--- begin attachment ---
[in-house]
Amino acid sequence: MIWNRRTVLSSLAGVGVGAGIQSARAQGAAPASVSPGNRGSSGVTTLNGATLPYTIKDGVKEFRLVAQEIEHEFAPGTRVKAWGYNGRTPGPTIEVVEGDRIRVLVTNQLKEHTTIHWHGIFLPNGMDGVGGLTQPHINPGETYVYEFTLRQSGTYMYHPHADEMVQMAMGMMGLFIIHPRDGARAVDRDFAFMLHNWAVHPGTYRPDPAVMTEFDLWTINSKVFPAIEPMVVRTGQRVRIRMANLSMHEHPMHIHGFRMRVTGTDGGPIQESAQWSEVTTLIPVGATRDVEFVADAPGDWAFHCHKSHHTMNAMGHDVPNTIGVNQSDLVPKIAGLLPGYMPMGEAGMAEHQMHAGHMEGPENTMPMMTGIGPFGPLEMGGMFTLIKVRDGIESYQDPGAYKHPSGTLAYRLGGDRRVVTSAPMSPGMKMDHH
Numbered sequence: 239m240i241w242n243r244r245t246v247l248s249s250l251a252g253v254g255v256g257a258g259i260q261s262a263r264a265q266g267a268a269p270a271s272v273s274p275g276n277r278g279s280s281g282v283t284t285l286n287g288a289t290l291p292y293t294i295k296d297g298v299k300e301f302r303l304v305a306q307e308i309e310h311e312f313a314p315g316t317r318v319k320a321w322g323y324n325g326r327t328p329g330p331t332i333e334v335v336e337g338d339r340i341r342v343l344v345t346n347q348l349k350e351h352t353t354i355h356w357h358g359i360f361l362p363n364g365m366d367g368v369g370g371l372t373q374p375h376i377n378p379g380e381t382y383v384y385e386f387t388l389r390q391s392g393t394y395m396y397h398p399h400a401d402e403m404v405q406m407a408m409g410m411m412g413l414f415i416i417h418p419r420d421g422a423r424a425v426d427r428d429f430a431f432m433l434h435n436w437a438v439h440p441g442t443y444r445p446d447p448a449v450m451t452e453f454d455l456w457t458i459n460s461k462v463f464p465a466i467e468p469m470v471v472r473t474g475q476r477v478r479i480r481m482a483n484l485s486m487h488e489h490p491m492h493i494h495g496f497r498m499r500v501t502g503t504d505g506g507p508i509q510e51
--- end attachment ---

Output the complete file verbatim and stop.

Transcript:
[in-house]
Amino acid sequence: MIWNRRTVLSSLAGVGVGAGIQSARAQGAAPASVSPGNRGSSGVTTLNGATLPYTIKDGVKEFRLVAQEIEHEFAPGTRVKAWGYNGRTPGPTIEVVEGDRIRVLVTNQLKEHTTIHWHGIFLPNGMDGVGGLTQPHINPGETYVYEFTLRQSGTYMYHPHADEMVQMAMGMMGLFIIHPRDGARAVDRDFAFMLHNWAVHPGTYRPDPAVMTEFDLWTINSKVFPAIEPMVVRTGQRVRIRMANLSMHEHPMHIHGFRMRVTGTDGGPIQESAQWSEVTTLIPVGATRDVEFVADAPGDWAFHCHKSHHTMNAMGHDVPNTIGVNQSDLVPKIAGLLPGYMPMGEAGMAEHQMHAGHMEGPENTMPMMTGIGPFGPLEMGGMFTLIKVRDGIESYQDPGAYKHPSGTLAYRLGGDRRVVTSAPMSPGMKMDHH
Numbered sequence: 239m240i241w242n243r244r245t246v247l248s249s250l251a252g253v254g255v256g257a258g259i260q261s262a263r264a265q266g267a268a269p270a271s272v273s274p275g276n277r278g279s280s281g282v283t284t285l286n287g288a289t290l291p292y293t294i295k296d297g298v299k300e301f302r303l304v305a306q307e308i309e310h311e312f313a314p315g316t317r318v319k320a321w322g323y324n325g326r327t328p329g330p331t332i333e334v335v336e337g338d339r340i341r342v343l344v345t346n347q348l349k350e351h352t353t354i355h356w357h358g359i360f361l362p363n364g365m366d367g368v369g370g371l372t373q374p375h376i377n378p379g380e381t382y383v384y385e386f387t388l389r390q391s392g393t394y395m396y397h398p399h400a401d402e403m404v405q406m407a408m409g410m411m412g413l414f415i416i417h418p419r420d421g422a423r424a425v426d427r428d429f430a431f432m433l434h435n436w437a438v439h440p441g442t443y444r445p446d447p448a449v450m451t452e453f454d455l456w457t458i459n460s461k462v463f464p465a466i467e468p469m470v471v472r473t474g475q476r477v478r479i480r481m482a483n484l485s486m487h488e489h490p491m492h493i494h495g496f497r498m499r500v501t502g503t504d505g506g507p508i509q510e51